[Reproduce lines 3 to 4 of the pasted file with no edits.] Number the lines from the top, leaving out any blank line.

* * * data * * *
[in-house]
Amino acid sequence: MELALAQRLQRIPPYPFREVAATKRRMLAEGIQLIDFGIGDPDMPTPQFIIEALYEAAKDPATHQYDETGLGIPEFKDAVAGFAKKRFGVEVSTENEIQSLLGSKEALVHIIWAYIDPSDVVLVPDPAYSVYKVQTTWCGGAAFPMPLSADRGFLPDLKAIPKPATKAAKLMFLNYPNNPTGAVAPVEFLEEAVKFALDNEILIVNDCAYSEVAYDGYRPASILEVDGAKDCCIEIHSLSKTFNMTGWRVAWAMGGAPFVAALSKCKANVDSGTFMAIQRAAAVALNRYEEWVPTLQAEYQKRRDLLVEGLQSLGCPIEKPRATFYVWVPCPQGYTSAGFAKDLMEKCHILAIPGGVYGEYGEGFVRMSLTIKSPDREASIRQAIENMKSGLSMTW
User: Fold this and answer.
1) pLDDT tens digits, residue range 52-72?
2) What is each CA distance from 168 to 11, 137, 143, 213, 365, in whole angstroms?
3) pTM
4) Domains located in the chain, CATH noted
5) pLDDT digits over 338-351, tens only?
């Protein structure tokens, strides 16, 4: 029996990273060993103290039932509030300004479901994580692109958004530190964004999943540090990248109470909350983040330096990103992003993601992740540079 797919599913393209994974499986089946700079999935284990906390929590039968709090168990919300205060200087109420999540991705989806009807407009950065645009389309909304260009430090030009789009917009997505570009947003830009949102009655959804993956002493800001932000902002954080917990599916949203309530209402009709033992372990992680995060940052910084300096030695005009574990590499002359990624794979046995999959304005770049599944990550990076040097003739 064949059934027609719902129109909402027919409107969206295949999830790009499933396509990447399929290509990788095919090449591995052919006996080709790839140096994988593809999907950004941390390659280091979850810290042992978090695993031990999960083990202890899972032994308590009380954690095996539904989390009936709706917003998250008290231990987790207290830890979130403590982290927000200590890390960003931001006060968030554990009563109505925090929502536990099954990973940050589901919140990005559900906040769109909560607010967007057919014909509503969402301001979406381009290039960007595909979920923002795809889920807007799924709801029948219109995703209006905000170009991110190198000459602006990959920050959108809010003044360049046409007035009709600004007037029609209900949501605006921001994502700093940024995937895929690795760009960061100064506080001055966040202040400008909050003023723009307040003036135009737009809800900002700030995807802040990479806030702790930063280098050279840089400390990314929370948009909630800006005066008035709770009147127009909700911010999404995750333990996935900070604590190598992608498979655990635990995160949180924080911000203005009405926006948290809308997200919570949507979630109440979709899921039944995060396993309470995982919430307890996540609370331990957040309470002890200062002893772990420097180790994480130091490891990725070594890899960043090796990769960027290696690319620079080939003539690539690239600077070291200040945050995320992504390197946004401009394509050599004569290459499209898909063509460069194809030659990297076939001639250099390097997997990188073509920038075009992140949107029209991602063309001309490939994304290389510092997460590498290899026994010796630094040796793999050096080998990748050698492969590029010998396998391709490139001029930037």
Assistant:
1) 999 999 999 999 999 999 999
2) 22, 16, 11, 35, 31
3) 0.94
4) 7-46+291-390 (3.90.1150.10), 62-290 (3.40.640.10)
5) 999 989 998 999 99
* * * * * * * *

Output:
User: Fold this and answer.
1) pLDDT tens digits, residue range 52-72?